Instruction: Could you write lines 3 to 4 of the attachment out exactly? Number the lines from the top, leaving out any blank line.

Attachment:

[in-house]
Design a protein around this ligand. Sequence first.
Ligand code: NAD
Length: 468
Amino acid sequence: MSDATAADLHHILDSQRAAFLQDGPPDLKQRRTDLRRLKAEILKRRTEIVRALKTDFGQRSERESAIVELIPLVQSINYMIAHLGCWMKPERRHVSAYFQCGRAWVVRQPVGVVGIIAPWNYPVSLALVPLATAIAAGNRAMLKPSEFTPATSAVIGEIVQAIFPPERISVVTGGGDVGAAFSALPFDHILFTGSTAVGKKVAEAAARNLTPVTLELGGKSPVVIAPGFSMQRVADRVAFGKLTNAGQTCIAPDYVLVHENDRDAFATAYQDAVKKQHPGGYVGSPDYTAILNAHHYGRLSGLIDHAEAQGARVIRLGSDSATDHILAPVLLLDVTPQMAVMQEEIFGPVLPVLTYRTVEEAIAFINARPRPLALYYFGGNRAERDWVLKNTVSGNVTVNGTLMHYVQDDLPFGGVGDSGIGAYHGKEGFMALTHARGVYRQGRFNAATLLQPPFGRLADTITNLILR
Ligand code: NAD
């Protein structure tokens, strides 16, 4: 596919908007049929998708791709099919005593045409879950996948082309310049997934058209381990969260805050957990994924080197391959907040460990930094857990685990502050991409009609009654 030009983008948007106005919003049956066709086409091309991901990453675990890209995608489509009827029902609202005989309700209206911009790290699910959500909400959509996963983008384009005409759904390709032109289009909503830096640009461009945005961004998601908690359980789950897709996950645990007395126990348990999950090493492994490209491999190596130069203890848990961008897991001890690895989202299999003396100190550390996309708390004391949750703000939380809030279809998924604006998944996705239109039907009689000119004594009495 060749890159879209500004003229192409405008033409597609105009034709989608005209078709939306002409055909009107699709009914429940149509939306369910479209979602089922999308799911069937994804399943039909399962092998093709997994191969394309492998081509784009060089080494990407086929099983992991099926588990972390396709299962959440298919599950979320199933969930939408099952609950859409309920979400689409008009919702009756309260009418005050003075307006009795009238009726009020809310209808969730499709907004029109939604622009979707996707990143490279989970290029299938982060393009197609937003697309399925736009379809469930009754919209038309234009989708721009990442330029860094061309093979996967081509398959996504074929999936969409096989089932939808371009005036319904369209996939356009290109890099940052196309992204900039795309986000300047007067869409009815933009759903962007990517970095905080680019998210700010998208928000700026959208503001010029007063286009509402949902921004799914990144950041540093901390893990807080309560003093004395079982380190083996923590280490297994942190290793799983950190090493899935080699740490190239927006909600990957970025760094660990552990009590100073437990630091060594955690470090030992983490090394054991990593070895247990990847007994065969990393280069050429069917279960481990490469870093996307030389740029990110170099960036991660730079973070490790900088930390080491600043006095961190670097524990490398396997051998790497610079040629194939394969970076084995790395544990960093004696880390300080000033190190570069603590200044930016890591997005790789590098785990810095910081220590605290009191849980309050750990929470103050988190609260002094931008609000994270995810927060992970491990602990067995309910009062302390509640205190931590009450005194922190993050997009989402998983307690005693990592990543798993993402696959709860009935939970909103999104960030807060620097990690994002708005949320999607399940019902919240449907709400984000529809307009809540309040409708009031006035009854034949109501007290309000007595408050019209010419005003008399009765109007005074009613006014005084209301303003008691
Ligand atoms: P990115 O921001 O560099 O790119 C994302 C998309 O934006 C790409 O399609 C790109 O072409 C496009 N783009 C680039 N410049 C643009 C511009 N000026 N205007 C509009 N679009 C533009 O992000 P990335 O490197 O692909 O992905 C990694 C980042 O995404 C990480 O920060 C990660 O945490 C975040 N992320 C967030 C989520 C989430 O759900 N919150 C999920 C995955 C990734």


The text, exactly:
Ligand code: NAD
Length: 468